Pregnancy, breastfeeding and fertility
If you are pregnant or breast-feeding,
think you may be pregnant or are
planning to have a baby, ask your doctor
or pharmacist for advice before taking
this medicine.
Prolonged use of morphine during
pregnancy may cause withdrawal
symptoms in newborns. Withdrawal
symptoms in babies born to mothers
who have used MXL capsules in
pregnancy may include high-pitched
crying, irritability and restlessness,

shaking (tremor), feeding difficulties
and sweating.
Driving and using machines
These capsules may cause a number of
side effects such as drowsiness which
could affect your ability to drive or use
machinery (see section 4 for a full list
of side effects). These are usually most
noticeable when you first start taking
the capsules, or when changing to a
higher dose. If you are affected you
should not drive or use machinery.
This medicine can affect your ability
to drive as it may make you sleepy or
dizzy.
• Do not drive while taking this
medicine until you know how it
affects you.
• It is an offence to drive while you
have this medicine in your body
over a specified limit unless you
have a defence (called the ‘statutory
defence’).
• This defence applies when:
• The medicine has been prescribed
to treat a medical or dental
problem; and
• You have taken it according to
the instructions given by the
prescriber and in the information
provided with the medicine.
• Please note that it is still an offence to
drive if you are unfit because of the
medicine (i.e. your ability to drive is
being affected).

Details regarding a new driving offence
concerning driving after drugs have been
taken in the UK may be found here:
https://www.gov.uk/drug-driving-law.
Talk to your doctor or pharmacist if you
are not sure whether it is safe for you to
drive while taking this medicine.
3. How to take MXL capsules
Always take the capsules exactly as
your doctor or phamacist has told you.
The label on your medicine will tell
you how many capsules to take and
how often. Check with your doctor or
pharmacist if you are not sure.
Swallow your capsules whole with a
glass of water. If you prefer, you can
open your capsules and sprinkle the
contents on to cold soft food, such as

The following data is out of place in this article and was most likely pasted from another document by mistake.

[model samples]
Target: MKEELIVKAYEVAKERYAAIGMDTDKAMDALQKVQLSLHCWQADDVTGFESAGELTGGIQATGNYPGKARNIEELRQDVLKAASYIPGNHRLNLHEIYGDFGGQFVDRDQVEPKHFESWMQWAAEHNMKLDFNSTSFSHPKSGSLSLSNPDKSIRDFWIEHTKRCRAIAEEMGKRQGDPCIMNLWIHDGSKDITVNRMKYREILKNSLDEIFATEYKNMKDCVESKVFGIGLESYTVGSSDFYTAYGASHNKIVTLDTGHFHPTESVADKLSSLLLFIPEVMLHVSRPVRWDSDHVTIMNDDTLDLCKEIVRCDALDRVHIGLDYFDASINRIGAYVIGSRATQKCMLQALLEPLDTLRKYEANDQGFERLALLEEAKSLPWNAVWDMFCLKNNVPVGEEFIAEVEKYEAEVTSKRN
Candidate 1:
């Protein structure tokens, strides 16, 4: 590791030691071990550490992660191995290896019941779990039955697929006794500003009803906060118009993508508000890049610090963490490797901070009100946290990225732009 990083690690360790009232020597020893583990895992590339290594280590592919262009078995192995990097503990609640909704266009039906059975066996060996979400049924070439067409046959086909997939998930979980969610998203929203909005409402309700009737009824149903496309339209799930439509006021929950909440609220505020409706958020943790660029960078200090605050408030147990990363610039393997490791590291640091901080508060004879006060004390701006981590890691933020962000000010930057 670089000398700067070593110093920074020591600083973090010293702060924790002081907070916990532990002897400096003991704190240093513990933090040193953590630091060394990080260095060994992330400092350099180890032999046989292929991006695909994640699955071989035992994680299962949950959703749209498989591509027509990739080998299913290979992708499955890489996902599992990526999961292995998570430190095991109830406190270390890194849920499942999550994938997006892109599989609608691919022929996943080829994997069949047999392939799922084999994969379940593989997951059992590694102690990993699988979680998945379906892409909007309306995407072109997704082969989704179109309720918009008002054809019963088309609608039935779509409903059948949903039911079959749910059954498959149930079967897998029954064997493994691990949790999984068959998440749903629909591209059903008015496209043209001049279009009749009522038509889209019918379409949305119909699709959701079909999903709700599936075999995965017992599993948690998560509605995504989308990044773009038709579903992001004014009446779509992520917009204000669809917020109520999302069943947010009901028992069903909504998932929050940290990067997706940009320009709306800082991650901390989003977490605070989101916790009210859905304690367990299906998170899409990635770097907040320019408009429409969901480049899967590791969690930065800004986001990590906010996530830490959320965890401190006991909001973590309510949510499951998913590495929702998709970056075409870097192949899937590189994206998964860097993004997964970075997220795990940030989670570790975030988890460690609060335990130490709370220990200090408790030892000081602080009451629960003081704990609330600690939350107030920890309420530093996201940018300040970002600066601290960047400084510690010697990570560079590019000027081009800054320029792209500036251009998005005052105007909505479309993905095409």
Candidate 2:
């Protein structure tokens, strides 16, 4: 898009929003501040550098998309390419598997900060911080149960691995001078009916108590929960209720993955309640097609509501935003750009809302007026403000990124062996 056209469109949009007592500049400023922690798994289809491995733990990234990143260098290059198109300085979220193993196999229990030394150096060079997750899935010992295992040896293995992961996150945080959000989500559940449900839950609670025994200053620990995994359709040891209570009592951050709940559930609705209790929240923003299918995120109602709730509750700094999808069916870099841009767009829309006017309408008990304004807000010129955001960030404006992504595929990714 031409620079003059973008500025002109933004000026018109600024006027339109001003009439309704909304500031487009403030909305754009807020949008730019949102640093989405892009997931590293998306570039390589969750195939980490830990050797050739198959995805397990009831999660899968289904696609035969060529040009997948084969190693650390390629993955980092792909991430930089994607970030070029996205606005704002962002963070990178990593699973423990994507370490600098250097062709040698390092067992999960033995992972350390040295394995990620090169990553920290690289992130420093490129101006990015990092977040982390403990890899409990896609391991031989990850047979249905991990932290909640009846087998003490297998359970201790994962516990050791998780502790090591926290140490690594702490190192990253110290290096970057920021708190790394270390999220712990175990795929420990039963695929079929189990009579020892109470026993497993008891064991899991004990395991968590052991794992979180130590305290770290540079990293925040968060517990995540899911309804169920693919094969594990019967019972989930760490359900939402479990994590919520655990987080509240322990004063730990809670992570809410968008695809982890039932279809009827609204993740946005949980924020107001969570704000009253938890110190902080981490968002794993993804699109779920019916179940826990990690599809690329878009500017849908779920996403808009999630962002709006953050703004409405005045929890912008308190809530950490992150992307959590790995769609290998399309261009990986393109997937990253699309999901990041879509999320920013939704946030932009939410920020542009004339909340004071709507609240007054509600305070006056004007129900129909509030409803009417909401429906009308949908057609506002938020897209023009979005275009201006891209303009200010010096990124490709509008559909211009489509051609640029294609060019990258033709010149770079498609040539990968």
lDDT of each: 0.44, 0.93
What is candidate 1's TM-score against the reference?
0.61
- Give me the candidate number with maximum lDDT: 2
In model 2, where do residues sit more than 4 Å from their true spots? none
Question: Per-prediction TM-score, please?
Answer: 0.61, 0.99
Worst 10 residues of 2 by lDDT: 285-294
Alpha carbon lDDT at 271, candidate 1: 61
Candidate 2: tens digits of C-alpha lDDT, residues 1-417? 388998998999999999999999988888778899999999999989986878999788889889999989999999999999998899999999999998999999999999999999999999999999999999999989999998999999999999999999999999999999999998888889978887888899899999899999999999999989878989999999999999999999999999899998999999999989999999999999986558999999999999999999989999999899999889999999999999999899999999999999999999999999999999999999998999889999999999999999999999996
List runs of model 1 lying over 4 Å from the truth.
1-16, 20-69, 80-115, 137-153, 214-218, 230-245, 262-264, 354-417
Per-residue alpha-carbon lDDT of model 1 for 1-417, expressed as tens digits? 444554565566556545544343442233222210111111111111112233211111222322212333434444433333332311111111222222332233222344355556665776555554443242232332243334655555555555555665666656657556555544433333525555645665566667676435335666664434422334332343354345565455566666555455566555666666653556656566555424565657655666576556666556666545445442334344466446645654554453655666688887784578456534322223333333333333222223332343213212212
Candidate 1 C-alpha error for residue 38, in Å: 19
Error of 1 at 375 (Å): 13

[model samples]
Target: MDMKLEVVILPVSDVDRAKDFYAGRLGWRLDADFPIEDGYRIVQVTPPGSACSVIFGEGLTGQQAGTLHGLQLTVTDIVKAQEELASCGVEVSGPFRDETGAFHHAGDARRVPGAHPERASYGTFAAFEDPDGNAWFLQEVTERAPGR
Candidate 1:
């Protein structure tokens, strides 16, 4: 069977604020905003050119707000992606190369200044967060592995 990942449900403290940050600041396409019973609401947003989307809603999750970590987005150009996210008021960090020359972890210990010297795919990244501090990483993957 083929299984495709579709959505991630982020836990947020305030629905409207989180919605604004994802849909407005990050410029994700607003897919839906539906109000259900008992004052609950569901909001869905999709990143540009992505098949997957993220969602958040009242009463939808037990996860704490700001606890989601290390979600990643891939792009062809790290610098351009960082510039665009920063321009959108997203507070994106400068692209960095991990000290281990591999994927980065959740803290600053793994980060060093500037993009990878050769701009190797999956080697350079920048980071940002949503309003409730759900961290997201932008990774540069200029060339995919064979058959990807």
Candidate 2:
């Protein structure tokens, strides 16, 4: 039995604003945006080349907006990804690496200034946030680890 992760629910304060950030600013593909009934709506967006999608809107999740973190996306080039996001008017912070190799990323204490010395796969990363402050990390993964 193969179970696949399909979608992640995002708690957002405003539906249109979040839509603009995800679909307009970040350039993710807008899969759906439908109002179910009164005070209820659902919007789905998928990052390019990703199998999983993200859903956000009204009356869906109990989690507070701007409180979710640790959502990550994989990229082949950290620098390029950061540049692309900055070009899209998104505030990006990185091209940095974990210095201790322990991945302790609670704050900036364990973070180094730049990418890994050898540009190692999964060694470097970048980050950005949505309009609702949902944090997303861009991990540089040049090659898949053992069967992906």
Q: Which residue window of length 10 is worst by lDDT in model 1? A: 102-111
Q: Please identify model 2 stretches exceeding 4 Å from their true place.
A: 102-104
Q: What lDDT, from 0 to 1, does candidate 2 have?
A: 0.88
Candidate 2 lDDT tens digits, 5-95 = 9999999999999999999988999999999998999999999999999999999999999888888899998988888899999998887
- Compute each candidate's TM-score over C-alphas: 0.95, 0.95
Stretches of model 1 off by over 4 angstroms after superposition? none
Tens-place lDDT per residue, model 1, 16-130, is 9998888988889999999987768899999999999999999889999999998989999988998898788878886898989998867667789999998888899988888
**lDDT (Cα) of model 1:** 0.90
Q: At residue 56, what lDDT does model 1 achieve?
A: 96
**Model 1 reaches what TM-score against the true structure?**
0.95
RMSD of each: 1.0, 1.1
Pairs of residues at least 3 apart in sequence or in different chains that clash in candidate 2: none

yogurt. Do not crush, dissolve or chew
the capsule contents.
MXL capsules are designed to work
properly over 24 hours. If the capsule
contents are crushed, dissolved or
chewed, the entire 24‑hour dose
may be absorbed rapidly into your
body. This can be dangerous, causing
serious problems such as an overdose,
which may be fatal.
You should take your capsules every
24 hours. For instance, if you take a
capsule at 8 o’clock in the morning,
you should take your next capsule at
8 o’clock the next morning.
You must only take the capsules by mouth.

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Adults
The usual starting dose is one 60 mg
capsule every 24 hours. However, the
dose will depend on your age, weight
and the severity of your pain. If you are
elderly or weigh less than 70 kg your
doctor may suggest a starting dose of
one 30 mg capsule every 24 hours. Your
doctor will decide how many capsules
you should take.
Children over one year of age
Children over one year of age can take
these capsules. The required dose will
depend on their weight and severity of
pain. This should be discussed with your
doctor or pharmacist.
If you find that you are still in pain
whilst taking these capsules discuss this
with your doctor.
Do not exceed the dose recommended by
your doctor. You should check with your
doctor or pharmacist if you are not sure.
If you take more MXL capsules than
you should or if someone accidentally
swallows your capsules
Call your doctor or hospital straight
away as you may need emergency
treatment in hospital. People who
have taken an overdose may feel very
sleepy, sick, dizzy or get pneumonia
from inhaling vomit or foreign matter
(symptoms may include breathlessness,
cough and fever). They may also
have breathing difficulties leading to
unconsciousness, or even death. When
seeking medical attention make sure that

you take this leaflet and any remaining
capsules with you to show to the doctor.
If you forget to take MXL capsules
If you remember within 16 hours of the
time your capsule was due, take your
capsule straight away. Take your next
capsule at your normal time. If you are
more than 16 hours late, please call your
doctor for advice. Do not take a double
dose to make up for a forgotten capsule.
If you stop taking MXL capsules
You should not suddenly stop taking
these capsules unless your doctor tells
you to. If you want to stop taking your
capsules, discuss this with your doctor
first. They will tell you how to do this,
usually by reducing the dose gradually
so you do not experience unpleasant
effects. Withdrawal symptoms such as
agitation, anxiety, shaking or sweating
may occur if you suddenly stop taking
these capsules.
If you have any further questions on the
use of this medicine, ask your doctor or
pharmacist.
4. Possible side effects
Like all medicines, this medicine
can cause side effects, although not
everybody gets them.
All medicines can cause allergic
reactions, although serious allergic
reactions are uncommon. Tell your
doctor immediately if you get any

sudden wheeziness, difficulties in
breathing, swelling of the eyelids, face
or lips, rash or itching especially those
covering your whole body.
The most serious side effect is a
condition where you breathe more
slowly or weakly than expected
(respiratory depression). Tell your
doctor immediately if this happens to
you.
As with all strong painkillers, there is a
risk that you may become addicted or